Open shelter


" Open Shelters are a solution for shy and older dogs, which cannot easily be rehomed. An open shelter gives them a good quality of life withstimulation and freedom. It is not suitable for aggressive or sick dogs.

Although the theory of Neuter & Return is that all dogs able to survive on the streets should be returned to their territory, in practice the short to medium term presence of some dogs is intolerable to the municipality and to local people. We have to understand that a mayor will not be able to accept large numbers of dogs in his city centre or market place. There will also be a very few dogs who chase vehicles or are aggressive to people or animals which have to be removed.
In addition we will always have puppies and other dogs dumped on us, whose home territory is unknown, and some “lap dogs” such as poodles and dachshunds will be abandoned by irresponsible owners.
What should we do with these dogs if we cannot immediately rehome them ?
To imprison them in a traditional prison-camp type shelter is expensive for the municipality and is cruel, unhealthy and stressful for the dog. It makes the dog less sociable and more difficult to rehome.
For compassionate reasons we do not want to euthanase the dog unless it is suffering or dangerous.






We therefore recommend placing such neutered and vaccinated dogs in an “open shelter” at least 2 km away from human habitation, main roads and livestock farms. Ideally an open shelter should be partly forest, or adjacent to forest, with natural shelter and water. One night guard and two day-time employees can easily care for 100 dogs or more. The dogs should have dog houses and be fenced in for 10-15 days to get used to their new home. Then gradually the portable fencing can be removed, and used elsewhere, so that the dogs live free. We have found that even shy, nervous dogs become approachable and therefore rehomable if they are housed in an open sanctuary. Viruses such as kennel cough, distemper and parvo do not occur in a natural, open environment. If the dogs are well-fed with a high protein and fat diet they do not suffer from cold and positively thrive in snow.
A variation on a totally open shelter is to fence the perimeter but to open gates during the day, whistling the dogs in at feeding time in the evening, then enclosing them at night only.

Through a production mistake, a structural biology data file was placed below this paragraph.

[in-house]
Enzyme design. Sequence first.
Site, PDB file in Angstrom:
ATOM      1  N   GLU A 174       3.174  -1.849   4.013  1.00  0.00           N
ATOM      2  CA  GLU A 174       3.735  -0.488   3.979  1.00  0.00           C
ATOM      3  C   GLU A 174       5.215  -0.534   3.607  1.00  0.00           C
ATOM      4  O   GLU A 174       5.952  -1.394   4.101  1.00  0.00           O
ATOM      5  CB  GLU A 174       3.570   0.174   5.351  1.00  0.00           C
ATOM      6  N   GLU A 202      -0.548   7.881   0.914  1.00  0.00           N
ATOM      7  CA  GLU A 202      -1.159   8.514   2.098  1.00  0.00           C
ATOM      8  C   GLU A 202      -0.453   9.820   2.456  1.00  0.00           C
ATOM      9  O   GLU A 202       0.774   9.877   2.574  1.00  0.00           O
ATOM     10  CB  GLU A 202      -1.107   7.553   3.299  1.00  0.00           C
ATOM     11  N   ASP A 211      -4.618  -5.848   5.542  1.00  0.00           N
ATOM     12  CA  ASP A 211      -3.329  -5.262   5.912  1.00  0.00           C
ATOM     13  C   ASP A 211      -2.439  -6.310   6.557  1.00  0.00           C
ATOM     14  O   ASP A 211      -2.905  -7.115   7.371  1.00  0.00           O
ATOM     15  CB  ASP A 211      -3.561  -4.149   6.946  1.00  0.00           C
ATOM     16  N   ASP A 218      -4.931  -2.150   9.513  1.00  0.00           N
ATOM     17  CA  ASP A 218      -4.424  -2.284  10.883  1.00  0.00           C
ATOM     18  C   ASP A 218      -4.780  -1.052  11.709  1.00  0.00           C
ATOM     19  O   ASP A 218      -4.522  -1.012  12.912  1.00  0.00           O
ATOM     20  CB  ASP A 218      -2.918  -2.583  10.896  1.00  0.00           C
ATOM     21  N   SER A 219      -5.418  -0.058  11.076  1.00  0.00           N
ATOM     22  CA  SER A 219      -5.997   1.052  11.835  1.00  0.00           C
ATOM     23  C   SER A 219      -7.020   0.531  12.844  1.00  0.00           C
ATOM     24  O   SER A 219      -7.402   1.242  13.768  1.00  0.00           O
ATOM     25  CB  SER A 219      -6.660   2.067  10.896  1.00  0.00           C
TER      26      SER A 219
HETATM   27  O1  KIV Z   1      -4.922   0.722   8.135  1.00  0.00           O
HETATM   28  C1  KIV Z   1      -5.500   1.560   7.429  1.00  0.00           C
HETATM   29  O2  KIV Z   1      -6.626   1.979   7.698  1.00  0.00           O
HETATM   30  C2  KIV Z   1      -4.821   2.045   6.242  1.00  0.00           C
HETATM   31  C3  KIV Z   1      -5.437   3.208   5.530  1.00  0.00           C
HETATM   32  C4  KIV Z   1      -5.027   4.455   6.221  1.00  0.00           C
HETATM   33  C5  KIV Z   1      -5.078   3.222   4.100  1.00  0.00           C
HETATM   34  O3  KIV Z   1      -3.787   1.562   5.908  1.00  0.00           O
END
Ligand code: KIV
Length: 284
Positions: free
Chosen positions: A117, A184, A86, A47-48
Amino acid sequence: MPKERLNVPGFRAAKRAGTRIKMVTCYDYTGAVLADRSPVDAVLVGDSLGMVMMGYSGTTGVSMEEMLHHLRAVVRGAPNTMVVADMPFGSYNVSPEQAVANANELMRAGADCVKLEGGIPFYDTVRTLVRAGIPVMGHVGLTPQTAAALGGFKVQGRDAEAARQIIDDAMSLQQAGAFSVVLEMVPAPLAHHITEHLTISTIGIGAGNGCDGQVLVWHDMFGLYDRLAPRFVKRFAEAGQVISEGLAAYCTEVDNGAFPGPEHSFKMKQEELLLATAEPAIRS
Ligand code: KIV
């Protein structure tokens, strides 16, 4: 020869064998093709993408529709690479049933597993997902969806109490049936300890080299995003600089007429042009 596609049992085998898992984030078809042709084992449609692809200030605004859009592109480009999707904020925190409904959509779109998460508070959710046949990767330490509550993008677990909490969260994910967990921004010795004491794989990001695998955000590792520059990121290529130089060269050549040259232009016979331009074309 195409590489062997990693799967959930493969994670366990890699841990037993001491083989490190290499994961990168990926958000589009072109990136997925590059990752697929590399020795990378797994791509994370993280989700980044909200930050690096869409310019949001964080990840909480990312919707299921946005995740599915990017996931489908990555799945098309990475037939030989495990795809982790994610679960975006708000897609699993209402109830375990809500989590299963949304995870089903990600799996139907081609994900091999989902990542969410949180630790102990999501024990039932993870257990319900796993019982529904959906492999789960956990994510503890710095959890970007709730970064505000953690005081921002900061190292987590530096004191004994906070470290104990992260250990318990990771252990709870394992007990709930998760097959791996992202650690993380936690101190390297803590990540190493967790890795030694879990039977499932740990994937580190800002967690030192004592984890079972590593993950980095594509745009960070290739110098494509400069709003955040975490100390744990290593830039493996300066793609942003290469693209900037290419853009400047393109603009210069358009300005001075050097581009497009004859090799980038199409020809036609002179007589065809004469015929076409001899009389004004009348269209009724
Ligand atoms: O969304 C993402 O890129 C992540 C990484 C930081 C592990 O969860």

Our experience is that 99% of the dogs will voluntarily remain in the open shelter and that dog fights do not occur because the dogs develop a natural hierarchy, with the human guards and feeders as “top dogs”, and because weaker dogs cannot be cornered and can run away. Some dogs will eschew their dog houses and live in holes in the ground or under bushes, creating their own “home territory”. Others will seek human contact from the guards and from visitors.
Open shelters should be sprayed in early summer against ticks and fleas.






The cost of an open shelter is about one third of the cost of a traditional, enclosed prison-camp for dogs, because fewer personnel and no maintenance, cleaning or treatment of canine viruses are required. This is in our opinion the most humane way to accommodate large numbers of surplus dogs.

Open shelters should not be managed by municipalities because the municipality will be tempted to remove virtually all dogs from the streets to its open shelter, thereby sabotaging Neuter & Return and shooting itself in the foot.
The location of open shelters should not be publicised, otherwise they will become a magnet for dog dumping.
Dogs should be rehomed to the public from a small downtown rehoming centre, not from open shelters.
The removal of dogs from towns and cities to open shelters should be managed only by NGOs and must be a last resort – dogs should only go to open shelters as an alternative to euthanasia. ”

( Robert Smith )







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